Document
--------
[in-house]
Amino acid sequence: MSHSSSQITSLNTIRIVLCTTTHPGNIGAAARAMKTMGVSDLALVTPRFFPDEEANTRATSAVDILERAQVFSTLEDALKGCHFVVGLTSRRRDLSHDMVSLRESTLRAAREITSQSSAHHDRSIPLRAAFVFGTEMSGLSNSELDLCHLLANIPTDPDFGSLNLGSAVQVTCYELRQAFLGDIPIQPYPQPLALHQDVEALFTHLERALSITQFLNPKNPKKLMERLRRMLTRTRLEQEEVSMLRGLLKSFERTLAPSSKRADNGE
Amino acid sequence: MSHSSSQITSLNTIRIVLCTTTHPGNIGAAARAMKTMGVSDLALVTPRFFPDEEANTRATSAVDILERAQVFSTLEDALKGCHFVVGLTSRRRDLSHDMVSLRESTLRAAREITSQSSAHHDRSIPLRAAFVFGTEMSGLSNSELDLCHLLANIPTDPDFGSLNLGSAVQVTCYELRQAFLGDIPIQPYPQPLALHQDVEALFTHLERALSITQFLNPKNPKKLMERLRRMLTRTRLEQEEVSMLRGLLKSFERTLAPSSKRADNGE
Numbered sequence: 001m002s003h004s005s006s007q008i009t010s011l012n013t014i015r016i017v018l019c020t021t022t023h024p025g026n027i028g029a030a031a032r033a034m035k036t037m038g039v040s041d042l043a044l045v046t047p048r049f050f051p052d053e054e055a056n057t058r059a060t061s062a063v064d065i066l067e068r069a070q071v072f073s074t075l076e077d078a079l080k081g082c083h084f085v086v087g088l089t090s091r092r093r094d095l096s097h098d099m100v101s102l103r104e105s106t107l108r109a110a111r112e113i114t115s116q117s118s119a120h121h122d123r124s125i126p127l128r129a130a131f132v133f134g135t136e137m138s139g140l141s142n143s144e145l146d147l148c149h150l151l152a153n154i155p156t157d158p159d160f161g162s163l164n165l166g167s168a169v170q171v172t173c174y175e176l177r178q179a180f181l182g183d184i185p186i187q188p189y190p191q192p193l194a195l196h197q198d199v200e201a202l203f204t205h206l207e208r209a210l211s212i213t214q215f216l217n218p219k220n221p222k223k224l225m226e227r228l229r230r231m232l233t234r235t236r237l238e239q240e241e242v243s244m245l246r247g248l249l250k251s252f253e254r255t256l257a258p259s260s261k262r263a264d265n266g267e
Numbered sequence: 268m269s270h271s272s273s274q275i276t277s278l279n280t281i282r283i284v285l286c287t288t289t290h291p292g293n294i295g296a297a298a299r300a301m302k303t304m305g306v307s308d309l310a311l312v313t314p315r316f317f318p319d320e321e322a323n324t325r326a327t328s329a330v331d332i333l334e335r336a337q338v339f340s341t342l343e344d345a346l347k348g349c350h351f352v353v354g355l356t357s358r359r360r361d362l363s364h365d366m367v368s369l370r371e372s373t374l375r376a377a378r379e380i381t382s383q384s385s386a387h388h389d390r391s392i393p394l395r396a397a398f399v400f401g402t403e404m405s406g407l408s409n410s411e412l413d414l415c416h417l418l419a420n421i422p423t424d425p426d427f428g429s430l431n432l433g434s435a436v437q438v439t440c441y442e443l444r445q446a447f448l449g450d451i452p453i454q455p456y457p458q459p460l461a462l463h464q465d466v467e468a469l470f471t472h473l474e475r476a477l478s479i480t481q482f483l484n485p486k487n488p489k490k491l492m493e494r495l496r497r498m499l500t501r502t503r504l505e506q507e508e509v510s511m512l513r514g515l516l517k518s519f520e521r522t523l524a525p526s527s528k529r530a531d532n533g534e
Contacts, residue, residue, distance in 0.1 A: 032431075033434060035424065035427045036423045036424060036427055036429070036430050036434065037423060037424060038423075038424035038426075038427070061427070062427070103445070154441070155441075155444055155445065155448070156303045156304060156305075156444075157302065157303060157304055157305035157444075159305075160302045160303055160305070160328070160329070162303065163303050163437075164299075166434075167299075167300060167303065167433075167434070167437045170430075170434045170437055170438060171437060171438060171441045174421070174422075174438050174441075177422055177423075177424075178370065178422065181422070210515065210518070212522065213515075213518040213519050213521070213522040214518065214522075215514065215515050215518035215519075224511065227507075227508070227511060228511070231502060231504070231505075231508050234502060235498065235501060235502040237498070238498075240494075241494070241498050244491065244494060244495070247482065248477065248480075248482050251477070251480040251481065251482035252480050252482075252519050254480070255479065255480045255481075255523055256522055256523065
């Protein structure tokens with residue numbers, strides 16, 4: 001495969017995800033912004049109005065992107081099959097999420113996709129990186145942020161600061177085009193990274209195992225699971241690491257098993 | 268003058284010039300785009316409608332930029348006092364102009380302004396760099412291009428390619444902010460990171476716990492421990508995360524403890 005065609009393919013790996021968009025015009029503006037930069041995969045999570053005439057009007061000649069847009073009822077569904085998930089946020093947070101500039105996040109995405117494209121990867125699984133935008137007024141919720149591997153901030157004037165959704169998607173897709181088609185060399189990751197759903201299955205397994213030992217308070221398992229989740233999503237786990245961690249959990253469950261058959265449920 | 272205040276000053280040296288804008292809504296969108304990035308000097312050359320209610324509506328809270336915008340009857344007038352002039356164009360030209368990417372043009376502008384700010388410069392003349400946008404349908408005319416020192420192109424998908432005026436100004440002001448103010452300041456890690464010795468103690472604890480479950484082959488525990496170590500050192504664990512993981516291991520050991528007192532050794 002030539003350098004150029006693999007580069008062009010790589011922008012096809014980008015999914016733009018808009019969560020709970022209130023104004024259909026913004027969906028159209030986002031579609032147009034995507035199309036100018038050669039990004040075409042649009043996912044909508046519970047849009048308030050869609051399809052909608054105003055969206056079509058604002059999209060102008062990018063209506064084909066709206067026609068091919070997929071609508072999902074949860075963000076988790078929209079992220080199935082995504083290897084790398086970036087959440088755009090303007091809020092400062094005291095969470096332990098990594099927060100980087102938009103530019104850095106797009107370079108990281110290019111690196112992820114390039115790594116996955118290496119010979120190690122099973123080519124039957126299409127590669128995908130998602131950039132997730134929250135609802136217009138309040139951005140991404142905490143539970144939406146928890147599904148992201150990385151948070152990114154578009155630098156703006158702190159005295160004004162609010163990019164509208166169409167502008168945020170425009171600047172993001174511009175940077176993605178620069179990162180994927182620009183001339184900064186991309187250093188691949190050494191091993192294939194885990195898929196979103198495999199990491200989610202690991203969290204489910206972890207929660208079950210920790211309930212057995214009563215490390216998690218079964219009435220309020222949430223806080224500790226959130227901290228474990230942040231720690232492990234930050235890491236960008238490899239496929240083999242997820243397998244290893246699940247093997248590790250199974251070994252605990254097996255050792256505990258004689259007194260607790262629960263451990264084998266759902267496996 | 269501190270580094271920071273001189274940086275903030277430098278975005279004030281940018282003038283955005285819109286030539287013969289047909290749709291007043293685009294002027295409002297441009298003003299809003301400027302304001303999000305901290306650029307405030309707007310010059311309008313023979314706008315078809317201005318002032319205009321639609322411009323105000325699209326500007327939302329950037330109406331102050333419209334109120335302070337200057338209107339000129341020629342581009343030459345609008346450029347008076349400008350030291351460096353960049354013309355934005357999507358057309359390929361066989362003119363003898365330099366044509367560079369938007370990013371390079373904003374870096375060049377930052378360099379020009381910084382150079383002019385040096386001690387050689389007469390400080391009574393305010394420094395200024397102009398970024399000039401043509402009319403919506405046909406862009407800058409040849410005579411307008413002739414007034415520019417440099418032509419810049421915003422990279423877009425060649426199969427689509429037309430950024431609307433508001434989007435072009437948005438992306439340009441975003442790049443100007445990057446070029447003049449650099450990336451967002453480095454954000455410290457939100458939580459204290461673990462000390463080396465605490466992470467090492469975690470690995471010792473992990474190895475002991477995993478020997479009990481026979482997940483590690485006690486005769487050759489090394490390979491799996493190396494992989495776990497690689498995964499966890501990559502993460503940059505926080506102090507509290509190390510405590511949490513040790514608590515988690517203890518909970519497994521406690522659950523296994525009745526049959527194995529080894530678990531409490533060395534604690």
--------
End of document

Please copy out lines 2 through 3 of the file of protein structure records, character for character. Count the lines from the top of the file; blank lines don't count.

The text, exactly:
Amino acid sequence: MSHSSSQITSLNTIRIVLCTTTHPGNIGAAARAMKTMGVSDLALVTPRFFPDEEANTRATSAVDILERAQVFSTLEDALKGCHFVVGLTSRRRDLSHDMVSLRESTLRAAREITSQSSAHHDRSIPLRAAFVFGTEMSGLSNSELDLCHLLANIPTDPDFGSLNLGSAVQVTCYELRQAFLGDIPIQPYPQPLALHQDVEALFTHLERALSITQFLNPKNPKKLMERLRRMLTRTRLEQEEVSMLRGLLKSFERTLAPSSKRADNGE
Amino acid sequence: MSHSSSQITSLNTIRIVLCTTTHPGNIGAAARAMKTMGVSDLALVTPRFFPDEEANTRATSAVDILERAQVFSTLEDALKGCHFVVGLTSRRRDLSHDMVSLRESTLRAAREITSQSSAHHDRSIPLRAAFVFGTEMSGLSNSELDLCHLLANIPTDPDFGSLNLGSAVQVTCYELRQAFLGDIPIQPYPQPLALHQDVEALFTHLERALSITQFLNPKNPKKLMERLRRMLTRTRLEQEEVSMLRGLLKSFERTLAPSSKRADNGE